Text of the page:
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|Festivale Spring 1997 Face/Off
It's the basic rule of science fiction (maybe any type of fiction), put one twist on reality-as-we-know-it and then stay true to it. In the case of Face/Off, you need to suspend your disbelief for one thing only, you need to believe that one man (Travolta) can be made to look and sound like another (Cage) and vice versa.
|It is contemporary America, Travolta is a law-man driven by the 'accidental' murder of his son. Accidental because the criminal was trying to kill him not his son. He hunts, and kills the bad guy only to discover that a time bomb has been set and only the conspirator -- now in jail -- can reveal the target. So he goes undercover into a futuristic big-brother jail as his arch-enemy to discover.
Ick. The good guy has his face cut off and the bad guy's face is literally sewn on.
But, as chance would have it, nothing brings you out of a coma like having your face cut off, so there we have it guys, your classic trading places scenario.
Is it done well? Or is it just an expensive martial arts film with a science fiction theme pasted over the top?
Well, kind of. There are big explosions, loud fights, a couple of dance steps by Travolta, and Cage looking moody. In an 'action' film, there isn't a lot of time for soul searching, and if you don't make your points quickly and deeply, they get lost in the next shoot-em-up.
|This film has some very good photography / insight at the beginning. There is a definite style, especially Cage in slow motion making an entrance at the airport. But the film loses because Travolta, and to a lesser extent Cage, play their own roles, not their roles and the other would play it.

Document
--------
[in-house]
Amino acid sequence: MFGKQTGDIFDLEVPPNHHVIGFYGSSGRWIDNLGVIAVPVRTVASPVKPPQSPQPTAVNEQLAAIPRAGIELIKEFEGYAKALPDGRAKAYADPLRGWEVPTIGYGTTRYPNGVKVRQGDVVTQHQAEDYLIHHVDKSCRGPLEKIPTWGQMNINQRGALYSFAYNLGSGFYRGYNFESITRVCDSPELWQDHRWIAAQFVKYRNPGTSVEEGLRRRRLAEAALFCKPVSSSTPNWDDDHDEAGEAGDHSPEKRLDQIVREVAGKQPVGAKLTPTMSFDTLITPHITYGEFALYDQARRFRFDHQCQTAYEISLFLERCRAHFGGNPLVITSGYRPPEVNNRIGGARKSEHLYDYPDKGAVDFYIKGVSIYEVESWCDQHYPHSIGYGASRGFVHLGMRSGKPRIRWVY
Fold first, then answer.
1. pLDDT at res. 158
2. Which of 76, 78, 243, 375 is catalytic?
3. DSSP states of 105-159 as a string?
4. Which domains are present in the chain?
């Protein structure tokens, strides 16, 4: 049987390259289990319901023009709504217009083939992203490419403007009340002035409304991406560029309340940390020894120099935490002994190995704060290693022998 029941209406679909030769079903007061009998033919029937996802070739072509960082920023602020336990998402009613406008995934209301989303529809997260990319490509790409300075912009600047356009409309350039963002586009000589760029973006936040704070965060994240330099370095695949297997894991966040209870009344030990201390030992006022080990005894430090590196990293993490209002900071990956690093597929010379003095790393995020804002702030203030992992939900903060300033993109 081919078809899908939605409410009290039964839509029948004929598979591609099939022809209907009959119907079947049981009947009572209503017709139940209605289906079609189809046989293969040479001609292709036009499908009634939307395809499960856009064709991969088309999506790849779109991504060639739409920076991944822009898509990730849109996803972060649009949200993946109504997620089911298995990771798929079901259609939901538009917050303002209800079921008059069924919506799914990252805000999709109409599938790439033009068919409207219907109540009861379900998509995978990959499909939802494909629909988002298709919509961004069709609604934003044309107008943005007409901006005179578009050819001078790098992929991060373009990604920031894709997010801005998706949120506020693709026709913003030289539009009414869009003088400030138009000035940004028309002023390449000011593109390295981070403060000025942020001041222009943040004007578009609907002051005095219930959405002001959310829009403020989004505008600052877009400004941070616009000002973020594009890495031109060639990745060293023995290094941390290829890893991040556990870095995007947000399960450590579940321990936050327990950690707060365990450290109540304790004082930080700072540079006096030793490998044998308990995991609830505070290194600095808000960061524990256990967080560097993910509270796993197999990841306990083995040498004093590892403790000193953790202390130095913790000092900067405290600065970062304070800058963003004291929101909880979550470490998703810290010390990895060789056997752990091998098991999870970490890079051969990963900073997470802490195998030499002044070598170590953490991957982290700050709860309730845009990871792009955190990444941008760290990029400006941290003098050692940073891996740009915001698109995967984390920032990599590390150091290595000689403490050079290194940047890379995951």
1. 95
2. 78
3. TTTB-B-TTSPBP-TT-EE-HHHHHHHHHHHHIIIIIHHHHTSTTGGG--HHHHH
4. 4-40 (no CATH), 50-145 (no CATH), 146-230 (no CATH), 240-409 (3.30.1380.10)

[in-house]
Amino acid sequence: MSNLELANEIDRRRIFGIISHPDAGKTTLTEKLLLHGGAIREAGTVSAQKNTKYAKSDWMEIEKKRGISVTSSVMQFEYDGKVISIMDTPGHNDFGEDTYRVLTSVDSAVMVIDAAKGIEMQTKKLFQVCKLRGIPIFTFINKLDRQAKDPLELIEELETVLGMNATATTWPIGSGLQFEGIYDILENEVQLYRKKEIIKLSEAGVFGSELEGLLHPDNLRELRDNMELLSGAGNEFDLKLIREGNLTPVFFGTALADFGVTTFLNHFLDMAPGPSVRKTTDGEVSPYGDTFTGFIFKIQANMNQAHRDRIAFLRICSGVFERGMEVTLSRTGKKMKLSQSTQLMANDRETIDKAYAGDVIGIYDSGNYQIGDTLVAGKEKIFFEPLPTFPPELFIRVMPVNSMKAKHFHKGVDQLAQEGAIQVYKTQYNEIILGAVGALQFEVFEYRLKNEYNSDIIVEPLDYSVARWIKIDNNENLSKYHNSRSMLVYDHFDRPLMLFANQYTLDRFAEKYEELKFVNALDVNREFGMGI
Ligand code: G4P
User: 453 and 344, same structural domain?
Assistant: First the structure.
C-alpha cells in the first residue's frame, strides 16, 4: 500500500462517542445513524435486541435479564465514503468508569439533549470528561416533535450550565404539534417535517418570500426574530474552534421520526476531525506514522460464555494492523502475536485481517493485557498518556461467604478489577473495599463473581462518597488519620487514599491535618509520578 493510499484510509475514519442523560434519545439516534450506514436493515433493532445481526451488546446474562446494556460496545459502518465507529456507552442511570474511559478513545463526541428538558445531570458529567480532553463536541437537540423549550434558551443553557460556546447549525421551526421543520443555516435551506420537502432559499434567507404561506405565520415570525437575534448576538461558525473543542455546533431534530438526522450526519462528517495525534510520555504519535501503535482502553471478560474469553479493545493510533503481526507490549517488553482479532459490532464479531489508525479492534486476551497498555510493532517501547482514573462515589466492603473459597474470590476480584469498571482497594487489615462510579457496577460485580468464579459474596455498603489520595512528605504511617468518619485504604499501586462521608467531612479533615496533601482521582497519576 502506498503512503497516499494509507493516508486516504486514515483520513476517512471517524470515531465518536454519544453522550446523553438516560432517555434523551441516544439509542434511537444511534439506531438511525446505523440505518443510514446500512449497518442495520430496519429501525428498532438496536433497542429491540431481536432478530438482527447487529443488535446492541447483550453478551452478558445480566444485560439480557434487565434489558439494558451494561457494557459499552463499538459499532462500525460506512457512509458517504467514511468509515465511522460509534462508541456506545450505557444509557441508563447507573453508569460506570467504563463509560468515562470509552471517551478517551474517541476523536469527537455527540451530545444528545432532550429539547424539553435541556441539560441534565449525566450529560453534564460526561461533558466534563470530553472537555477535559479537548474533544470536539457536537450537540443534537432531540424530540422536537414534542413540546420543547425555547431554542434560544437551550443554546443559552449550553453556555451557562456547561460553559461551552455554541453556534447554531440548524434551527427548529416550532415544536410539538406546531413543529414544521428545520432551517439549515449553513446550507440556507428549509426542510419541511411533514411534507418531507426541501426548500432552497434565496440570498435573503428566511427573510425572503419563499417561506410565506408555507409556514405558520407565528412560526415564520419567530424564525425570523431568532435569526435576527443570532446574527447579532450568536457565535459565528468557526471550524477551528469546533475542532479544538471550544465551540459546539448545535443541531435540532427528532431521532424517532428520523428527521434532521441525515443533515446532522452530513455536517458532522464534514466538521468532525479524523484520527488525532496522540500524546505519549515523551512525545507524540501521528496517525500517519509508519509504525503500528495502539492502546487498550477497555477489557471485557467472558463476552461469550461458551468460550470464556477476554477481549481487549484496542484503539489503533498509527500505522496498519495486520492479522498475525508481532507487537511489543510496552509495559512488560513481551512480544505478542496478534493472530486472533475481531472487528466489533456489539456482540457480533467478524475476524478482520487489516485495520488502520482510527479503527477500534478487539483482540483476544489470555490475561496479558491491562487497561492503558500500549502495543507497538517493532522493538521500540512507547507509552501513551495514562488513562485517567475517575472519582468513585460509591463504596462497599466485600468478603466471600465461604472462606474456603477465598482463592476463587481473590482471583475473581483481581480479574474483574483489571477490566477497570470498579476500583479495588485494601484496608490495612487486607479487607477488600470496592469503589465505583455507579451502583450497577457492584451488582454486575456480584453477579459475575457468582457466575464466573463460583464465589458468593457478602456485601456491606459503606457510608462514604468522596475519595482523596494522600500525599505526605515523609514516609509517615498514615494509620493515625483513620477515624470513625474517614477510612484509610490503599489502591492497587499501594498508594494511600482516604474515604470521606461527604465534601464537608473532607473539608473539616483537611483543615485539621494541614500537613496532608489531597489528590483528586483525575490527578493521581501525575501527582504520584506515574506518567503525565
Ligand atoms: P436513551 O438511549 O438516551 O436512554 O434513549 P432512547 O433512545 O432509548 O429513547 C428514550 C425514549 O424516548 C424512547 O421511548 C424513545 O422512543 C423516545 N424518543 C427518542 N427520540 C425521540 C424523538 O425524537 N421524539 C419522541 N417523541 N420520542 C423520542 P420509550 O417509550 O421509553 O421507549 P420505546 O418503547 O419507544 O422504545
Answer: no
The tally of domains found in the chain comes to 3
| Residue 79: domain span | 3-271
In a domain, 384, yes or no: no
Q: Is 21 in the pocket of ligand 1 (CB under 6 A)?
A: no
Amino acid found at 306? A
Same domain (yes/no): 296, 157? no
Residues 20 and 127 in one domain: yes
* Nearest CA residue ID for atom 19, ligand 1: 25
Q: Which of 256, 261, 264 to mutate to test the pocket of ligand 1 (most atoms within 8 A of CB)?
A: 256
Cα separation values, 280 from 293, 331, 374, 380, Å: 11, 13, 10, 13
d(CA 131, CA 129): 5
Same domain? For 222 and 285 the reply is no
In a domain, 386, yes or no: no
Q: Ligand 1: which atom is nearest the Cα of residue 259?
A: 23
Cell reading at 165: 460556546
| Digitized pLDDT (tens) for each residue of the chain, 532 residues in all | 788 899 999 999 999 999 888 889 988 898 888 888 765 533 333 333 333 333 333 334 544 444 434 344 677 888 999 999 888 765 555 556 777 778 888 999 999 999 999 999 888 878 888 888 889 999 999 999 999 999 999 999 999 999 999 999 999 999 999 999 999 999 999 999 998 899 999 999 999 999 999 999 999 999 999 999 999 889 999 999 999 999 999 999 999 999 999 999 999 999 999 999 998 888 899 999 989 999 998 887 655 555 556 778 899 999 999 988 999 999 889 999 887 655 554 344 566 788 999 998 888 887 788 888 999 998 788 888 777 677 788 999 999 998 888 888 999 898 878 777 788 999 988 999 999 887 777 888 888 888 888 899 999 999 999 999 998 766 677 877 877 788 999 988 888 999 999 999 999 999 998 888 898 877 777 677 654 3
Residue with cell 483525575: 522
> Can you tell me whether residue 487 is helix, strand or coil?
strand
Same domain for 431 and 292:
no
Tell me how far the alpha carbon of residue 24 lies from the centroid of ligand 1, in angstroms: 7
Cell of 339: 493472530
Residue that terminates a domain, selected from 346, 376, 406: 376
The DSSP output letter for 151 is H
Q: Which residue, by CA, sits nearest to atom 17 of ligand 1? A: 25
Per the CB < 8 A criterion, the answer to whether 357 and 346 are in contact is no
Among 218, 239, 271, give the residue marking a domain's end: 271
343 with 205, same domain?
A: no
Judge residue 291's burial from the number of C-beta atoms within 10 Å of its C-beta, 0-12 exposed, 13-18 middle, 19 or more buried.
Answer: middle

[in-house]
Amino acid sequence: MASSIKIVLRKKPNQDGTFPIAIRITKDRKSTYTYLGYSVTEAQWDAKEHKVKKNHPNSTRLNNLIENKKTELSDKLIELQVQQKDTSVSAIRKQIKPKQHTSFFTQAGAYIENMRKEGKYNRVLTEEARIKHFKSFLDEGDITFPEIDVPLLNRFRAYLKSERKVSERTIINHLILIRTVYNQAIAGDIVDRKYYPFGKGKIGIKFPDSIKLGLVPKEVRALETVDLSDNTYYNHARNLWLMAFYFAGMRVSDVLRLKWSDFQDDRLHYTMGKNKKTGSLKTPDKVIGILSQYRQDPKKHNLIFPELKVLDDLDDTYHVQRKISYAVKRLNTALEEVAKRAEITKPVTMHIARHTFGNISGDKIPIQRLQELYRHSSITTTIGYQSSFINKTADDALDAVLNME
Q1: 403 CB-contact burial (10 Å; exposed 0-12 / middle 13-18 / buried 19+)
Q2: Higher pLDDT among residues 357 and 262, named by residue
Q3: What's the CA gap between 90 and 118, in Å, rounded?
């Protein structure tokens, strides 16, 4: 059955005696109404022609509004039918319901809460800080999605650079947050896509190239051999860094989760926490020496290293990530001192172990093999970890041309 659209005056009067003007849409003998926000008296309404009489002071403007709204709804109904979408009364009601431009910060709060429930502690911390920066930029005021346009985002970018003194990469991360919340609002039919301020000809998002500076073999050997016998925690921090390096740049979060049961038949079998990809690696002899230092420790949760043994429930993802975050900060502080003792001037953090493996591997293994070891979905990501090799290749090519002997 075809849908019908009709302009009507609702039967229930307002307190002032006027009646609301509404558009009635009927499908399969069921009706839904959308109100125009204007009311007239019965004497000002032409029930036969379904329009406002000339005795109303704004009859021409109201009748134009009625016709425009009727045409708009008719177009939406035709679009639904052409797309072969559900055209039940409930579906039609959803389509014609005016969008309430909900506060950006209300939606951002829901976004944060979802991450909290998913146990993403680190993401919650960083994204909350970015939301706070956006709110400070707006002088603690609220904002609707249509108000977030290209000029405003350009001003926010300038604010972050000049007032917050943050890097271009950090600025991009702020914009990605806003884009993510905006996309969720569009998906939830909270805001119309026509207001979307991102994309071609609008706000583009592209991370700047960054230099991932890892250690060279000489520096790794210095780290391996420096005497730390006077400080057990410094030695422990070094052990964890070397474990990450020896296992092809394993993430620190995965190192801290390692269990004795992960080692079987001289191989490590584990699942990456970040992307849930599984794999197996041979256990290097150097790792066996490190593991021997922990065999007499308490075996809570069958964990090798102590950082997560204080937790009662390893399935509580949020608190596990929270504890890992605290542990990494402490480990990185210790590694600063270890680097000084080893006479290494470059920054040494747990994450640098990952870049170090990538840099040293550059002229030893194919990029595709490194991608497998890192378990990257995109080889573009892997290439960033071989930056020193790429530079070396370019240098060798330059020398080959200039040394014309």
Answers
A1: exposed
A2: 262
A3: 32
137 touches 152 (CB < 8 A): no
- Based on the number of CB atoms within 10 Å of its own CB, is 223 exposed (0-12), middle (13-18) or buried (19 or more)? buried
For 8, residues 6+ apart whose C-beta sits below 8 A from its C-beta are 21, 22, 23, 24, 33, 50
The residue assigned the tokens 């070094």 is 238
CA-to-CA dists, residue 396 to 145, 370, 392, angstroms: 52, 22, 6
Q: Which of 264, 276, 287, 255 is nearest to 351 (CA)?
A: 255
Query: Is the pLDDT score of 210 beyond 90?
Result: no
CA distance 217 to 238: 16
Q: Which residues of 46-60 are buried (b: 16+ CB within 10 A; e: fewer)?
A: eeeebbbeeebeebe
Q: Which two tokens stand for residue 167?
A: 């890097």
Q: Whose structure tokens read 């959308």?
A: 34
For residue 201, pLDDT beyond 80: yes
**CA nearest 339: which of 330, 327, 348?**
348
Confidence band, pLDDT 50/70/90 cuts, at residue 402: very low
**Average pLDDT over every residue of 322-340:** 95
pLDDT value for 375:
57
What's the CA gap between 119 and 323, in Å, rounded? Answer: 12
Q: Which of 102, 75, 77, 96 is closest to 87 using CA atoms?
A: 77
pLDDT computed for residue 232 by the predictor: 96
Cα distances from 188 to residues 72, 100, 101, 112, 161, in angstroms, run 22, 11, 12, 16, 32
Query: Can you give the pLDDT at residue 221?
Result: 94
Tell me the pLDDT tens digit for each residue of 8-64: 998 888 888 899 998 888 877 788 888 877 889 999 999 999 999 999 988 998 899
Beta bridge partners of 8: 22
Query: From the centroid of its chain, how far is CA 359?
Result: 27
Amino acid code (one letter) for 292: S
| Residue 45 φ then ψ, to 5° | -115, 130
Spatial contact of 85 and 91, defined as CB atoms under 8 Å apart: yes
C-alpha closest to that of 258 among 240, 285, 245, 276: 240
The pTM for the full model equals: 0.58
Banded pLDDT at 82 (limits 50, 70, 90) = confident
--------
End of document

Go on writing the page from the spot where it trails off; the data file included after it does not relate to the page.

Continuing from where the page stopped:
Some years ago there was a television series Switch with Sharon Gless and John Shuck. She was a cosmetics company executive, he was a sport writer, each was dissatisfied with life and they swapped. So we have on tape memorable moments of acting, like Sharon Gless tottering on high heels as she imagined John Shuck (a huge teddy bear of a man) would if he found himself built like Sharon Gless. Even more amusing was Shuck in a bubble bath painting his nails with clear polish because "I'm a woman underneath".
Between the writing and the acting, we believed that John Shuck was playing the female role and Gless
was playing the male. OK? They impersonated another actor, they wore their own bodies as if they were costumes. It was FANTASTIC.
But Cage played Cage's interpretation of the two characters and Travolta played Travolta's interpretation of the two characters and it didn't really work. It lacked the special frisson we got from Switch. Cage didn't enjoy losing his love handles overnight, although Travolta did admit to not being good looking anymore.
The most interesting thing in this film is the opening minutes. Once the two men exchange places, its pretty ordinary.
|Just the facts:
|The Players: Nicholas Cage, John Travolta, Joan Allen
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